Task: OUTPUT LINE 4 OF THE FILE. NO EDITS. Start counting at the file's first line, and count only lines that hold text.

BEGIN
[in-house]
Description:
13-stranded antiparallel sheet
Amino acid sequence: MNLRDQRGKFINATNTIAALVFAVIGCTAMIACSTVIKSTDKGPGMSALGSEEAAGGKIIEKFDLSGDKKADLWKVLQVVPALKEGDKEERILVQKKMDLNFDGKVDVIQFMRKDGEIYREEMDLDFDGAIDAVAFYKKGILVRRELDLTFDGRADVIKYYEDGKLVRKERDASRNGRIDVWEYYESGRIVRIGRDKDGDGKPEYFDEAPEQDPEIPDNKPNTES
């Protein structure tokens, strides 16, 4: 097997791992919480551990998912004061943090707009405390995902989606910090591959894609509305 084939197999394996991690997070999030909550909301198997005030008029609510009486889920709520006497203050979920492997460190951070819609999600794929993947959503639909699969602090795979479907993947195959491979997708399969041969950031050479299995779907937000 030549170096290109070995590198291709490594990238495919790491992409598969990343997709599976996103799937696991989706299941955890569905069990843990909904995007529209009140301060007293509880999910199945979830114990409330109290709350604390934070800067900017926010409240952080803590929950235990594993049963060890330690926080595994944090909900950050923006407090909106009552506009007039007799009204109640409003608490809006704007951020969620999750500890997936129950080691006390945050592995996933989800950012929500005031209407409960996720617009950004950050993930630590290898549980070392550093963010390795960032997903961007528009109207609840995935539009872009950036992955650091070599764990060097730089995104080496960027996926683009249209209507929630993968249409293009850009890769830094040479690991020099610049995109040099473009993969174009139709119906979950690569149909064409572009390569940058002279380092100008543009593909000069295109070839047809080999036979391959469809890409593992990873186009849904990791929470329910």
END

Amino acid sequence: MNLRDQRGKFINATNTIAALVFAVIGCTAMIACSTVIKSTDKGPGMSALGSEEAAGGKIIEKFDLSGDKKADLWKVLQVVPALKEGDKEERILVQKKMDLNFDGKVDVIQFMRKDGEIYREEMDLDFDGAIDAVAFYKKGILVRRELDLTFDGRADVIKYYEDGKLVRKERDASRNGRIDVWEYYESGRIVRIGRDKDGDGKPEYFDEAPEQDPEIPDNKPNTES